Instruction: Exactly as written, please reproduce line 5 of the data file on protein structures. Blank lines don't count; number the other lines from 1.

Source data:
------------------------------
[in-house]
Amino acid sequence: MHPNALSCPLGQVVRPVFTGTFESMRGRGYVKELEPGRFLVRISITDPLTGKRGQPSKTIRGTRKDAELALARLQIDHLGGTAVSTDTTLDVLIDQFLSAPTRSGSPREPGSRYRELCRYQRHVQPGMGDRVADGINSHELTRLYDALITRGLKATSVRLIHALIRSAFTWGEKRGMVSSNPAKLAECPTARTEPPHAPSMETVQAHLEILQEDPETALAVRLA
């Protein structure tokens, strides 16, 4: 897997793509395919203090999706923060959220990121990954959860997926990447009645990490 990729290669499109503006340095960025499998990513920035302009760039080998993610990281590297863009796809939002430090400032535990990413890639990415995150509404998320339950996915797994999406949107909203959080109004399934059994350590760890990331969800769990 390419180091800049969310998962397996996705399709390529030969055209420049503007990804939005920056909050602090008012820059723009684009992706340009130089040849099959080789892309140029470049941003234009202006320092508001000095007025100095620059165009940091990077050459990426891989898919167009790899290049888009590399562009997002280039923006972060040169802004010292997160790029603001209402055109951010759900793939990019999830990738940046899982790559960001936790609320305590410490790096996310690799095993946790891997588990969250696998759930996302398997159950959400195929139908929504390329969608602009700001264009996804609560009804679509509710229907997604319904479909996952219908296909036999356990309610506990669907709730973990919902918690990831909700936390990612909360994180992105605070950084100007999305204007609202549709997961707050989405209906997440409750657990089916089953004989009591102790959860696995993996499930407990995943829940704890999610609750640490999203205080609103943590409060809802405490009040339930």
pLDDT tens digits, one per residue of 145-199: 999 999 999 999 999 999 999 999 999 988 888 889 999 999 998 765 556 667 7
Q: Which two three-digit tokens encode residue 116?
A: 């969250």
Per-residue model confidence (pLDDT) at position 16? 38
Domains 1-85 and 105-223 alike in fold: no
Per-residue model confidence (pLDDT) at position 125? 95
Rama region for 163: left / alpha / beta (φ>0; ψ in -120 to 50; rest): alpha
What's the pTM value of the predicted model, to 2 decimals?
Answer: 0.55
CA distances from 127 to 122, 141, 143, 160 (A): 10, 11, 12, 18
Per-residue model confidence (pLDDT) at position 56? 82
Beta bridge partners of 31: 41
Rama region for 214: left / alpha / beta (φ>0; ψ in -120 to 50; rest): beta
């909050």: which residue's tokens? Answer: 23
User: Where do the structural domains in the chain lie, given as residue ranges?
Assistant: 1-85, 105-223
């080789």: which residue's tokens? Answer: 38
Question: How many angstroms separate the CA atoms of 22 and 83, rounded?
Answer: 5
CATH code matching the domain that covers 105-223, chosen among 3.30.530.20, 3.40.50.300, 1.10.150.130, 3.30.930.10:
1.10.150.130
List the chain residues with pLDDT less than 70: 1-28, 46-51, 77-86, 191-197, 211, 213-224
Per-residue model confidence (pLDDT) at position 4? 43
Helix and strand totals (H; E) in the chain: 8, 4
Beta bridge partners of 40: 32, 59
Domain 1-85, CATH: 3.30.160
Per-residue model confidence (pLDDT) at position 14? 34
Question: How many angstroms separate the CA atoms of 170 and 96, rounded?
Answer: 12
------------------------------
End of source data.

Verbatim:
Q: Which two three-digit tokens encode residue 116?